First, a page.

Why we kept the electoral college; pro bono opportunity in housing law

TIME: The Troubling Reason the Electoral College Exists

The Signing of the Constitution of the United States, with George Washington, Benjamin Franklin, and Thomas Jefferson at the Constitutional Convention of 1787; oil painting on canvas by Howard Chandler Christy, 1940. The painting is 20 by 30 feet and hangs in the United States Capitol building. (Photo by GraphicaArtis/Getty Images)

The Signing of the Constitution of the United States, with George Washington, Benjamin Franklin, and Thomas Jefferson at the Constitutional Convention of 1787; oil painting on canvas by Howard Chandler Christy, 1940. The painting is 20 by 30 feet and hangs in the United States Capitol building. (Photo by GraphicaArtis/Getty Images)

The Troubling Reason the Electoral College Exists” published Nov. 8, 2016, updated Nov. 10, 2016, by TIME Magazine, written by Akhil Reed Amar. Illustration courtesy of TIME/Getty Images.

“Enter the 12th Amendment, which allowed each party to designate one candidate for president and a separate candidate for vice president. The amendment’s modifications of the electoral process transformed the Framers’ framework, enabling future presidential elections to be openly populist and partisan affairs featuring two competing tickets. It is the 12th Amendment’s Electoral College system, not the Philadelphia Framers’, that remains in place today. If the general citizenry’s lack of knowledge had been the real reason for the Electoral College, this problem was largely solved by 1800. So why wasn’t the entire Electoral College contraption scrapped at that point?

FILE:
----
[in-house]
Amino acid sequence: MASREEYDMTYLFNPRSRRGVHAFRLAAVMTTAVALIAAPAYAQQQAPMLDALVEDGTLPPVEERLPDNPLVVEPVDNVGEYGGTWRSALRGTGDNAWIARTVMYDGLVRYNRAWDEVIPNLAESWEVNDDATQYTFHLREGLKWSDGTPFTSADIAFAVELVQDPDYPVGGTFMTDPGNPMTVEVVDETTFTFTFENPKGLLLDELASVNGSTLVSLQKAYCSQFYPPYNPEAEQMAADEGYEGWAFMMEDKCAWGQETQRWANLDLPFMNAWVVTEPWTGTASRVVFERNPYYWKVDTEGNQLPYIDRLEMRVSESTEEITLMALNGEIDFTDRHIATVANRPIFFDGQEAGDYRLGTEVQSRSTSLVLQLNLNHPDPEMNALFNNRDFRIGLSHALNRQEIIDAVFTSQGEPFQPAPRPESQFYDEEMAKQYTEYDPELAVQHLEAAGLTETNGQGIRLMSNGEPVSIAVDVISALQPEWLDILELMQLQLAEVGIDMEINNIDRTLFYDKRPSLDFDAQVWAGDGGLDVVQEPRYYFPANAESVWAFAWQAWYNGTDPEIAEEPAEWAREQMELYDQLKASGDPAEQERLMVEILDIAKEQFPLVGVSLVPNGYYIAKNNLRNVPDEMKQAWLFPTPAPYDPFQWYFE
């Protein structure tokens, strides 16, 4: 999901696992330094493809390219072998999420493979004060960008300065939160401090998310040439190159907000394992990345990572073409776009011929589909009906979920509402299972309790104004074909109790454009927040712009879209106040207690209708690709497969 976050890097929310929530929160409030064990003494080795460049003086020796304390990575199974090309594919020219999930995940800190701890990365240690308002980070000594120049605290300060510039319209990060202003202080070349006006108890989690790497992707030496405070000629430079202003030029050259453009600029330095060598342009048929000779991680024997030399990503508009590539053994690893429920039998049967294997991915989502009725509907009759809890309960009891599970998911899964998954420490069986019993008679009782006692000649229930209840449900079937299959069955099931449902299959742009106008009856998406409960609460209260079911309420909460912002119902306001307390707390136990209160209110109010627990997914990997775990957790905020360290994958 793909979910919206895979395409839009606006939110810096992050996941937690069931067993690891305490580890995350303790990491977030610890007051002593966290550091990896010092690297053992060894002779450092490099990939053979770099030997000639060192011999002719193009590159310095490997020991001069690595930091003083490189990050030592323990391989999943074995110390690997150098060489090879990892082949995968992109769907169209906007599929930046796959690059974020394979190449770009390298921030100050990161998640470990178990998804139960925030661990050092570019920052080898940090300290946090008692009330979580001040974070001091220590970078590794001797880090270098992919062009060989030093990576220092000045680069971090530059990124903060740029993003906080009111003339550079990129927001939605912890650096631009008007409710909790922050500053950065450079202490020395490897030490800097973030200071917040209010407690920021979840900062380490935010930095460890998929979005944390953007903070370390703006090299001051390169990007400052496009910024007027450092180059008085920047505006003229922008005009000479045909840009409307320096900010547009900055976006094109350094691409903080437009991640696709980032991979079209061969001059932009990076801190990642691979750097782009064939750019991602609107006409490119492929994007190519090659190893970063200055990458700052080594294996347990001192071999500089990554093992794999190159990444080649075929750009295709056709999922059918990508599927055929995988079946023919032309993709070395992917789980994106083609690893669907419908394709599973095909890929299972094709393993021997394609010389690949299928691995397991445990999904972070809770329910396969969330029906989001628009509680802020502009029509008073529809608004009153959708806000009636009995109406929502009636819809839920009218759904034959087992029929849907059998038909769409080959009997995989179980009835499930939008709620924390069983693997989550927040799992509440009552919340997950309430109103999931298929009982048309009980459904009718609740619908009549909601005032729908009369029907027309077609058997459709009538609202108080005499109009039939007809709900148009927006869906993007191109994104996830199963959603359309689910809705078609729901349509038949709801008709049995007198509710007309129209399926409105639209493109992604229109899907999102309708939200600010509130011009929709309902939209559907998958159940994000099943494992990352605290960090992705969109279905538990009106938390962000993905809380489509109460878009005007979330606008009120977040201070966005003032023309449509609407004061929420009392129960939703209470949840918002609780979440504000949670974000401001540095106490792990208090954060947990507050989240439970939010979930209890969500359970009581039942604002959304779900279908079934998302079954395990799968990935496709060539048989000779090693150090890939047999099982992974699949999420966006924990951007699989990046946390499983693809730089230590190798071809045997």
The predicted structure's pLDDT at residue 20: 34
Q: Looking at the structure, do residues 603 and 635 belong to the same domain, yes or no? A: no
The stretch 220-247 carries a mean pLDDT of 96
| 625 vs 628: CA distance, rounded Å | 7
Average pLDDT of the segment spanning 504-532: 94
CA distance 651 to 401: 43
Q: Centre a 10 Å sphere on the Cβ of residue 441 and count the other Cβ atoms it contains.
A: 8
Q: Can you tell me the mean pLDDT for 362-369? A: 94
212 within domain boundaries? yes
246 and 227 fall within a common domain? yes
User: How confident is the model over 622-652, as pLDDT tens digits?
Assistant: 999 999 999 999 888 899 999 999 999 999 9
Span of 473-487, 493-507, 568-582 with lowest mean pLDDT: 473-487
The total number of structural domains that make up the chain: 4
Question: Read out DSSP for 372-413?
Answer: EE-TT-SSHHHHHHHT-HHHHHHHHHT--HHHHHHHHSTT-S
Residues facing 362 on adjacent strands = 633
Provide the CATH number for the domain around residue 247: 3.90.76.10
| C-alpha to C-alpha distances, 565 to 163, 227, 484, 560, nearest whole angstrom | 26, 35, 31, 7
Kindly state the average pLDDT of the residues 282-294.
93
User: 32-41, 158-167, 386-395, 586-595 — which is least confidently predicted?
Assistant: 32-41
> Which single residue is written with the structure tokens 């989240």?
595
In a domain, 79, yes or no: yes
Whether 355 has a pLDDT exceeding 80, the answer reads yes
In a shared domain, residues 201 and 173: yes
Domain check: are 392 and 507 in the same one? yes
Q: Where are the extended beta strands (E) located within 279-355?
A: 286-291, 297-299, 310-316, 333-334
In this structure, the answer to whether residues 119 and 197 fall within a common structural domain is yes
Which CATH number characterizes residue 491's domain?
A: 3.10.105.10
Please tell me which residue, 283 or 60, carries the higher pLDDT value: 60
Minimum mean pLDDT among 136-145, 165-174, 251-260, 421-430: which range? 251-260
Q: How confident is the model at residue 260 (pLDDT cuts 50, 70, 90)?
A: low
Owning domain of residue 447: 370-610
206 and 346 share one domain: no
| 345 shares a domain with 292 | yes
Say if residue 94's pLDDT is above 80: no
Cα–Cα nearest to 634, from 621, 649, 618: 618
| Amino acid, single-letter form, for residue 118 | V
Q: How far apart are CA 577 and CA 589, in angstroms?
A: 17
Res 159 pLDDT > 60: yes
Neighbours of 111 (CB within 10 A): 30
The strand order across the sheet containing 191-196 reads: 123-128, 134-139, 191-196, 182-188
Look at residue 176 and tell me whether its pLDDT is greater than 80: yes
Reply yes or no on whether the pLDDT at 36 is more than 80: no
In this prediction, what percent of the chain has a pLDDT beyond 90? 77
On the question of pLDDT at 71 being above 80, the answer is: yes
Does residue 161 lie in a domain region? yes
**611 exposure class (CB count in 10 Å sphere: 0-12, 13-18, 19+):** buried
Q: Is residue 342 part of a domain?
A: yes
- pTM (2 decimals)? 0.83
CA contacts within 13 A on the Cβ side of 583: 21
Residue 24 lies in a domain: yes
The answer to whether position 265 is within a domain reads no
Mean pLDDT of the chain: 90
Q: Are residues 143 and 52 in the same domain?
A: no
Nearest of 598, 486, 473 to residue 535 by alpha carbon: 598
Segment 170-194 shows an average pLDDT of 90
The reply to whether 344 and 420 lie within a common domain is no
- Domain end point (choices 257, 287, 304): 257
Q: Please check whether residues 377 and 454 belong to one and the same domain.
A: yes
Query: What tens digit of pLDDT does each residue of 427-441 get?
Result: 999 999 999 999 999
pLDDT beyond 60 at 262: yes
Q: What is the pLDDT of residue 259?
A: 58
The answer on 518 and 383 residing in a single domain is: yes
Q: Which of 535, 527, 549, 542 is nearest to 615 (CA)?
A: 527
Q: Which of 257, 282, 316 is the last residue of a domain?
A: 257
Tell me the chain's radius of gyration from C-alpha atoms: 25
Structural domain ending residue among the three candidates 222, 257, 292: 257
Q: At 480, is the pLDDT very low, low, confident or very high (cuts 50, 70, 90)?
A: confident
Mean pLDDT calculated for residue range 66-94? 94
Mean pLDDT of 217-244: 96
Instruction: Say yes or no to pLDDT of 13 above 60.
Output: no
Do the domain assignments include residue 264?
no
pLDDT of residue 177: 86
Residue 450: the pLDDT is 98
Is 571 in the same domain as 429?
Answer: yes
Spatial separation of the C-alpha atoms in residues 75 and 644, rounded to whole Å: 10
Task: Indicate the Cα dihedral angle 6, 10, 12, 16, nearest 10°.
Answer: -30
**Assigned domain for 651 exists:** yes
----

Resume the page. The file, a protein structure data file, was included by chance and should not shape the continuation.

Standard civics-class accounts of the Electoral College rarely mention the real demon dooming direct national election in 1787 and 1803: slavery.” Read the full article here.

Due Jan. 1, Pro Bono Opportunity: Tenant Rights Bootcamp

be-seattleApplication Deadline: Sunday, Jan. 1, 2017

Law students welcome to apply to Tenant Rights Bootcamp Group Leader, Be:Seattle Organizing

Group leaders will act as a point of information for groups of 5-20 tenants. Group leaders hear and answer basic questions relating to a tenants situation  (i.e. What is the best way to communicate with my landlord? How do I ask for a repair? Can my landlord lock me out or vice versa? Etc.) or refer them to a tenant advocacy organization if their situation requires legal assistance. Read more about the position here.

Application Process: Please send a letter of interest to the contact email provided below to Devin Silvernail, devin@beseattle.com, 206-295-4192